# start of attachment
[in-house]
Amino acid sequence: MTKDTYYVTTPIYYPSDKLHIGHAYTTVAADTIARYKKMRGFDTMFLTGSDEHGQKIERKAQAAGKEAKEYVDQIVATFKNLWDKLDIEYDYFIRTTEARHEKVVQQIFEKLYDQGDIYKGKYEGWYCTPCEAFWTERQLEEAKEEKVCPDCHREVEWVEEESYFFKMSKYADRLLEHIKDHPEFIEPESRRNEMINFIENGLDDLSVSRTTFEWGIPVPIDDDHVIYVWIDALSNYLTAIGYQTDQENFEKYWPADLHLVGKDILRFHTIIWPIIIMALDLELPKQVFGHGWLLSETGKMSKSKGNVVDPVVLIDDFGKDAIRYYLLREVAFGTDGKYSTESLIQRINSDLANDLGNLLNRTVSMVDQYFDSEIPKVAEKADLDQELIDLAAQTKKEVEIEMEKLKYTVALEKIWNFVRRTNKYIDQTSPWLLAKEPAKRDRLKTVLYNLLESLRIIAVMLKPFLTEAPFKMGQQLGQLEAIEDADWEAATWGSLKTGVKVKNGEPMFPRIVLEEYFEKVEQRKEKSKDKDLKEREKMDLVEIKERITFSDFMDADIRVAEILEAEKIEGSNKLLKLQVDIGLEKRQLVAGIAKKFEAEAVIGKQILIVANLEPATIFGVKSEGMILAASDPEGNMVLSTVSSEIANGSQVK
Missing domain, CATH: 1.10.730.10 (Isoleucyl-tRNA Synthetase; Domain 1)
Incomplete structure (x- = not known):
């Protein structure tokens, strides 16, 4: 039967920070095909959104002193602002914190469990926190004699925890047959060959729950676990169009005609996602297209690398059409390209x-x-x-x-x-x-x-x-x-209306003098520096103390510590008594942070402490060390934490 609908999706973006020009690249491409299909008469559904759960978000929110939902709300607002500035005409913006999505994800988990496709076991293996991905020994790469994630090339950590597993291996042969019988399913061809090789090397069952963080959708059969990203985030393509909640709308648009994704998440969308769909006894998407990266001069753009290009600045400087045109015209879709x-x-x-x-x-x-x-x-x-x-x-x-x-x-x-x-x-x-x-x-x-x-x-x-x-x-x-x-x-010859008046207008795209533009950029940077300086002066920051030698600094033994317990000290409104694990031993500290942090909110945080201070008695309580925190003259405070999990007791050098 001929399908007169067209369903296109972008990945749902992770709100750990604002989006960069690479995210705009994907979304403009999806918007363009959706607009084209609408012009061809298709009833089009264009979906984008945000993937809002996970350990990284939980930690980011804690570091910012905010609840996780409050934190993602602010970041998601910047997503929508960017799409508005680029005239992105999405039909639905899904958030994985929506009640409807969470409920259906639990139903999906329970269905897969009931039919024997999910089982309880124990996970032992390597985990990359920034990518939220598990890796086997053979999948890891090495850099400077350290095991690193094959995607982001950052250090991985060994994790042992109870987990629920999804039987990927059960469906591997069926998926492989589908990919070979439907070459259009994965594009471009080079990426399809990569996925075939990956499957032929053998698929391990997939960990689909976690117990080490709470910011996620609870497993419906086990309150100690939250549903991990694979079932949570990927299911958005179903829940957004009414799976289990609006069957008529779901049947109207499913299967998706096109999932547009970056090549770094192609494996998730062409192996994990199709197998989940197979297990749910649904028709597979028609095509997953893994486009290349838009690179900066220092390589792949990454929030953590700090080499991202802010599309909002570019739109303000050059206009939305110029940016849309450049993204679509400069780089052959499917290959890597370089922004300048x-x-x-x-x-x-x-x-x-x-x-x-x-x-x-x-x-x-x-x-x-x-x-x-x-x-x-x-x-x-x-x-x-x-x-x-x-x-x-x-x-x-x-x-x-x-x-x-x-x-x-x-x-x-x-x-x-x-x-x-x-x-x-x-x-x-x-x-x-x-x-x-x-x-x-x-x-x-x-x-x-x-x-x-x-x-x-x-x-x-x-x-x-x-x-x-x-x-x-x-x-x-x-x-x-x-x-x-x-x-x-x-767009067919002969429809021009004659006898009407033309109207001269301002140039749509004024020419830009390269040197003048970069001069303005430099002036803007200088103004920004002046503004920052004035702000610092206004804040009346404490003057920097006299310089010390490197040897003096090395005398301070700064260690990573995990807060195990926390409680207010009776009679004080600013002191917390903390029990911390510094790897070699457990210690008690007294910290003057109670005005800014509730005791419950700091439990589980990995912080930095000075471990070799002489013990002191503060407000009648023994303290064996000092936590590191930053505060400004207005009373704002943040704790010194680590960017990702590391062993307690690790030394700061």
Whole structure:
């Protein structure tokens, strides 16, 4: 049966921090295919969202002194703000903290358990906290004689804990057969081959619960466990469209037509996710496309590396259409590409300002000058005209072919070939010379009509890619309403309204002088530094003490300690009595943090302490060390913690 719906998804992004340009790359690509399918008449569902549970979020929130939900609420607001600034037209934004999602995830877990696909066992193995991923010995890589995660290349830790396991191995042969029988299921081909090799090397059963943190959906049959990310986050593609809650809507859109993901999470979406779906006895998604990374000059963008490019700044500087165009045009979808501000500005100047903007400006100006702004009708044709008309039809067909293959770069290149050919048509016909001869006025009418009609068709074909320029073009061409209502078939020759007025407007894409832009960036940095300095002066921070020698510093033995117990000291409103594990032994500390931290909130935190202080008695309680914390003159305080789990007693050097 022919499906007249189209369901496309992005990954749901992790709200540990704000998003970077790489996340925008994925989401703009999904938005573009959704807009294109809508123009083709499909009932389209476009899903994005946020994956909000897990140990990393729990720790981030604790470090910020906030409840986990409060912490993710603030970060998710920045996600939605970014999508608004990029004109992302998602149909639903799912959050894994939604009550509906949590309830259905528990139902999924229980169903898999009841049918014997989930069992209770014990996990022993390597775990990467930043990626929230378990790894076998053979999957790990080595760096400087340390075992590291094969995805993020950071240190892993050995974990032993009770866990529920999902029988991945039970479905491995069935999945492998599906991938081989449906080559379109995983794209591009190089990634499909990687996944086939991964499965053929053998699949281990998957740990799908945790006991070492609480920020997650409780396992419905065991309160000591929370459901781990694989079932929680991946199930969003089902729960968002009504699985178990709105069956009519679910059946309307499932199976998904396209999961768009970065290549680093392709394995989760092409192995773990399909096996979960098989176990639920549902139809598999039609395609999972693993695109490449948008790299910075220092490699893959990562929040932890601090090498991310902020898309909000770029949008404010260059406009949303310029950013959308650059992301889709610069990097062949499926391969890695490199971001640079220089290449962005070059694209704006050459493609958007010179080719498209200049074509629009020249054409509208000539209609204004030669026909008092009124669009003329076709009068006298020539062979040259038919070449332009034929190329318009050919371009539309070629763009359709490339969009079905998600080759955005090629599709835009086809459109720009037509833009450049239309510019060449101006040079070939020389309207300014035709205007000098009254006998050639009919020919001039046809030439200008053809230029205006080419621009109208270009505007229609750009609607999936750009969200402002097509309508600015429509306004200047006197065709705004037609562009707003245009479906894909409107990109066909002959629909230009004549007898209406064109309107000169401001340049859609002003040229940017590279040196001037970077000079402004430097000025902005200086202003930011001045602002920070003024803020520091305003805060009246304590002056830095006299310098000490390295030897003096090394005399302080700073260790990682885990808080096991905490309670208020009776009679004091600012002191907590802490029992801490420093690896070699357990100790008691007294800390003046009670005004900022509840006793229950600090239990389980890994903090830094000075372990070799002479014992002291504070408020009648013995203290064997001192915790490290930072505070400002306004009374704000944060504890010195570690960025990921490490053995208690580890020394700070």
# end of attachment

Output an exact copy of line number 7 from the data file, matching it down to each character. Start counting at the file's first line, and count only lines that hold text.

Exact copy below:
């Protein structure tokens, strides 16, 4: 049966921090295919969202002194703000903290358990906290004689804990057969081959619960466990469209037509996710496309590396259409590409300002000058005209072919070939010379009509890619309403309204002088530094003490300690009595943090302490060390913690 719906998804992004340009790359690509399918008449569902549970979020929130939900609420607001600034037209934004999602995830877990696909066992193995991923010995890589995660290349830790396991191995042969029988299921081909090799090397059963943190959906049959990310986050593609809650809507859109993901999470979406779906006895998604990374000059963008490019700044500087165009045009979808501000500005100047903007400006100006702004009708044709008309039809067909293959770069290149050919048509016909001869006025009418009609068709074909320029073009061409209502078939020759007025407007894409832009960036940095300095002066921070020698510093033995117990000291409103594990032994500390931290909130935190202080008695309680914390003159305080789990007693050097 022919499906007249189209369901496309992005990954749901992790709200540990704000998003970077790489996340925008994925989401703009999904938005573009959704807009294109809508123009083709499909009932389209476009899903994005946020994956909000897990140990990393729990720790981030604790470090910020906030409840986990409060912490993710603030970060998710920045996600939605970014999508608004990029004109992302998602149909639903799912959050894994939604009550509906949590309830259905528990139902999924229980169903898999009841049918014997989930069992209770014990996990022993390597775990990467930043990626929230378990790894076998053979999957790990080595760096400087340390075992590291094969995805993020950071240190892993050995974990032993009770866990529920999902029988991945039970479905491995069935999945492998599906991938081989449906080559379109995983794209591009190089990634499909990687996944086939991964499965053929053998699949281990998957740990799908945790006991070492609480920020997650409780396992419905065991309160000591929370459901781990694989079932929680991946199930969003089902729960968002009504699985178990709105069956009519679910059946309307499932199976998904396209999961768009970065290549680093392709394995989760092409192995773990399909096996979960098989176990639920549902139809598999039609395609999972693993695109490449948008790299910075220092490699893959990562929040932890601090090498991310902020898309909000770029949008404010260059406009949303310029950013959308650059992301889709610069990097062949499926391969890695490199971001640079220089290449962005070059694209704006050459493609958007010179080719498209200049074509629009020249054409509208000539209609204004030669026909008092009124669009003329076709009068006298020539062979040259038919070449332009034929190329318009050919371009539309070629763009359709490339969009079905998600080759955005090629599709835009086809459109720009037509833009450049239309510019060449101006040079070939020389309207300014035709205007000098009254006998050639009919020919001039046809030439200008053809230029205006080419621009109208270009505007229609750009609607999936750009969200402002097509309508600015429509306004200047006197065709705004037609562009707003245009479906894909409107990109066909002959629909230009004549007898209406064109309107000169401001340049859609002003040229940017590279040196001037970077000079402004430097000025902005200086202003930011001045602002920070003024803020520091305003805060009246304590002056830095006299310098000490390295030897003096090394005399302080700073260790990682885990808080096991905490309670208020009776009679004091600012002191907590802490029992801490420093690896070699357990100790008691007294800390003046009670005004900022509840006793229950600090239990389980890994903090830094000075372990070799002479014992002291504070408020009648013995203290064997001192915790490290930072505070400002306004009374704000944060504890010195570690960025990921490490053995208690580890020394700070």